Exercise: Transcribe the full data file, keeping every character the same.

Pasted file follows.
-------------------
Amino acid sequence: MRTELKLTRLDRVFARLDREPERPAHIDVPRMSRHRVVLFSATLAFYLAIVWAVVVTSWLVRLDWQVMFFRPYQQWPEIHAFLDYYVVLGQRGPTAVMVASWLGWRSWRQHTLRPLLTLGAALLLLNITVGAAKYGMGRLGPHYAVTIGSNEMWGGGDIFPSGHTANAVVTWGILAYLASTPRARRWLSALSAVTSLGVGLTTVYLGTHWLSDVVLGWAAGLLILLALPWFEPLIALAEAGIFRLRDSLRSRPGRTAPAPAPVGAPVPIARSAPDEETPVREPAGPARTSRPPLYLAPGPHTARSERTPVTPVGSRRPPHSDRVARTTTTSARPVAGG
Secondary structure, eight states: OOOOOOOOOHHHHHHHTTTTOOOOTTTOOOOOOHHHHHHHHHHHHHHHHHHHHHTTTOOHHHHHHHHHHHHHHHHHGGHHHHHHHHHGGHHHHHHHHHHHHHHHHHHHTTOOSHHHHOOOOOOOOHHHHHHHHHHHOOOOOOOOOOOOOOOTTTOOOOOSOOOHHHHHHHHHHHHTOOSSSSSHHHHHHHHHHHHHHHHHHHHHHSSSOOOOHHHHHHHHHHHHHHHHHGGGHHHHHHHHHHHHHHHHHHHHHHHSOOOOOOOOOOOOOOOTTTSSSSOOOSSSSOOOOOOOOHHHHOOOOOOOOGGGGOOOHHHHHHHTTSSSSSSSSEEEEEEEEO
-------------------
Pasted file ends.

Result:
Amino acid sequence: MRTELKLTRLDRVFARLDREPERPAHIDVPRMSRHRVVLFSATLAFYLAIVWAVVVTSWLVRLDWQVMFFRPYQQWPEIHAFLDYYVVLGQRGPTAVMVASWLGWRSWRQHTLRPLLTLGAALLLLNITVGAAKYGMGRLGPHYAVTIGSNEMWGGGDIFPSGHTANAVVTWGILAYLASTPRARRWLSALSAVTSLGVGLTTVYLGTHWLSDVVLGWAAGLLILLALPWFEPLIALAEAGIFRLRDSLRSRPGRTAPAPAPVGAPVPIARSAPDEETPVREPAGPARTSRPPLYLAPGPHTARSERTPVTPVGSRRPPHSDRVARTTTTSARPVAGG
Secondary structure, eight states: OOOOOOOOOHHHHHHHTTTTOOOOTTTOOOOOOHHHHHHHHHHHHHHHHHHHHHTTTOOHHHHHHHHHHHHHHHHHGGHHHHHHHHHGGHHHHHHHHHHHHHHHHHHHTTOOSHHHHOOOOOOOOHHHHHHHHHHHOOOOOOOOOOOOOOOTTTOOOOOSOOOHHHHHHHHHHHHTOOSSSSSHHHHHHHHHHHHHHHHHHHHHHSSSOOOOHHHHHHHHHHHHHHHHHGGGHHHHHHHHHHHHHHHHHHHHHHHSOOOOOOOOOOOOOOOTTTSSSSOOOSSSSOOOOOOOOHHHHOOOOOOOOGGGGOOOHHHHHHHTTSSSSSSSSEEEEEEEEO